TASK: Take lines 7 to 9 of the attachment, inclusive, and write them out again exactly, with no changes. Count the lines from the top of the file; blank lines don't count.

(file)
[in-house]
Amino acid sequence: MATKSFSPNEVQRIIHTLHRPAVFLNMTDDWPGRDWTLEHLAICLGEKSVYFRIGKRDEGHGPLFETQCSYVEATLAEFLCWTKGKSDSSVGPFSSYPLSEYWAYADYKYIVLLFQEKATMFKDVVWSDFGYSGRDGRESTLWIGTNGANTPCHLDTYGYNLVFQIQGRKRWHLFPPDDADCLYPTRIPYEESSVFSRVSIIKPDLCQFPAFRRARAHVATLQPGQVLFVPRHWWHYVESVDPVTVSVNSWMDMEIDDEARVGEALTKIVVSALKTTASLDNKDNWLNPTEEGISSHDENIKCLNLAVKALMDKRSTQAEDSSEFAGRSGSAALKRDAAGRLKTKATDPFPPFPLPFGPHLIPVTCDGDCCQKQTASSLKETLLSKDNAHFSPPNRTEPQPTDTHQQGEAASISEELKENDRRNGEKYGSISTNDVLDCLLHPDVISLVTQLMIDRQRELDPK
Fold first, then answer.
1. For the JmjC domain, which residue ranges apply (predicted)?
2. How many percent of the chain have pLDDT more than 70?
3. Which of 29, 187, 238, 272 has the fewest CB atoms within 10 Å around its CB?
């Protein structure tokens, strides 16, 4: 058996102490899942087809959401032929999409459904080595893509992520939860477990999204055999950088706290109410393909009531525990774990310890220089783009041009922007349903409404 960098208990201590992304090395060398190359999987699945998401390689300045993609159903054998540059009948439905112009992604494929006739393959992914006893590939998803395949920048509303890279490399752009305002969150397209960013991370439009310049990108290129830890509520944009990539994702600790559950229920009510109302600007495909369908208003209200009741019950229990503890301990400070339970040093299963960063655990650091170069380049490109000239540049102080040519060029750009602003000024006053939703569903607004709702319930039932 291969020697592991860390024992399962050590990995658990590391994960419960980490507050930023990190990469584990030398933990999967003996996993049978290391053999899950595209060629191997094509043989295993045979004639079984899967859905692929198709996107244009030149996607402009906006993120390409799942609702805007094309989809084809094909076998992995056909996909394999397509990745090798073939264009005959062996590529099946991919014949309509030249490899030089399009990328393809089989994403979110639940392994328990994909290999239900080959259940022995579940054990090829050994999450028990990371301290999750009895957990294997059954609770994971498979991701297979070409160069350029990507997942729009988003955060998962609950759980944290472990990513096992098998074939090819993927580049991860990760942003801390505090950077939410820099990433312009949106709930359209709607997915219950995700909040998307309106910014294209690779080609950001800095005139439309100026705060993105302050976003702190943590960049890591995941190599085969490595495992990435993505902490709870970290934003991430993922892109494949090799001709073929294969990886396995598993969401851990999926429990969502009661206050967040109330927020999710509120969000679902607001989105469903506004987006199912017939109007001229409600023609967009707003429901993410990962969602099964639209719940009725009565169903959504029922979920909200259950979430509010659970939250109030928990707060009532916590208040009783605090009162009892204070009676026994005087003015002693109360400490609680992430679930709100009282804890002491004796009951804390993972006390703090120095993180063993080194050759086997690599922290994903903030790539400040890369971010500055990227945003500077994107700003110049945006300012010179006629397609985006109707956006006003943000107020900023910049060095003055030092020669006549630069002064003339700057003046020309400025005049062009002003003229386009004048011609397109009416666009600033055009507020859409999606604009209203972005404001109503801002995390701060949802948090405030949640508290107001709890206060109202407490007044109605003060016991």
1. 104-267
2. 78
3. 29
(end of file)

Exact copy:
């Protein structure tokens, strides 16, 4: 058996102490899942087809959401032929999409459904080595893509992520939860477990999204055999950088706290109410393909009531525990774990310890220089783009041009922007349903409404 960098208990201590992304090395060398190359999987699945998401390689300045993609159903054998540059009948439905112009992604494929006739393959992914006893590939998803395949920048509303890279490399752009305002969150397209960013991370439009310049990108290129830890509520944009990539994702600790559950229920009510109302600007495909369908208003209200009741019950229990503890301990400070339970040093299963960063655990650091170069380049490109000239540049102080040519060029750009602003000024006053939703569903607004709702319930039932 291969020697592991860390024992399962050590990995658990590391994960419960980490507050930023990190990469584990030398933990999967003996996993049978290391053999899950595209060629191997094509043989295993045979004639079984899967859905692929198709996107244009030149996607402009906006993120390409799942609702805007094309989809084809094909076998992995056909996909394999397509990745090798073939264009005959062996590529099946991919014949309509030249490899030089399009990328393809089989994403979110639940392994328990994909290999239900080959259940022995579940054990090829050994999450028990990371301290999750009895957990294997059954609770994971498979991701297979070409160069350029990507997942729009988003955060998962609950759980944290472990990513096992098998074939090819993927580049991860990760942003801390505090950077939410820099990433312009949106709930359209709607997915219950995700909040998307309106910014294209690779080609950001800095005139439309100026705060993105302050976003702190943590960049890591995941190599085969490595495992990435993505902490709870970290934003991430993922892109494949090799001709073929294969990886396995598993969401851990999926429990969502009661206050967040109330927020999710509120969000679902607001989105469903506004987006199912017939109007001229409600023609967009707003429901993410990962969602099964639209719940009725009565169903959504029922979920909200259950979430509010659970939250109030928990707060009532916590208040009783605090009162009892204070009676026994005087003015002693109360400490609680992430679930709100009282804890002491004796009951804390993972006390703090120095993180063993080194050759086997690599922290994903903030790539400040890369971010500055990227945003500077994107700003110049945006300012010179006629397609985006109707956006006003943000107020900023910049060095003055030092020669006549630069002064003339700057003046020309400025005049062009002003003229386009004048011609397109009416666009600033055009507020859409999606604009209203972005404001109503801002995390701060949802948090405030949640508290107001709890206060109202407490007044109605003060016991």
1. 104-267
2. 78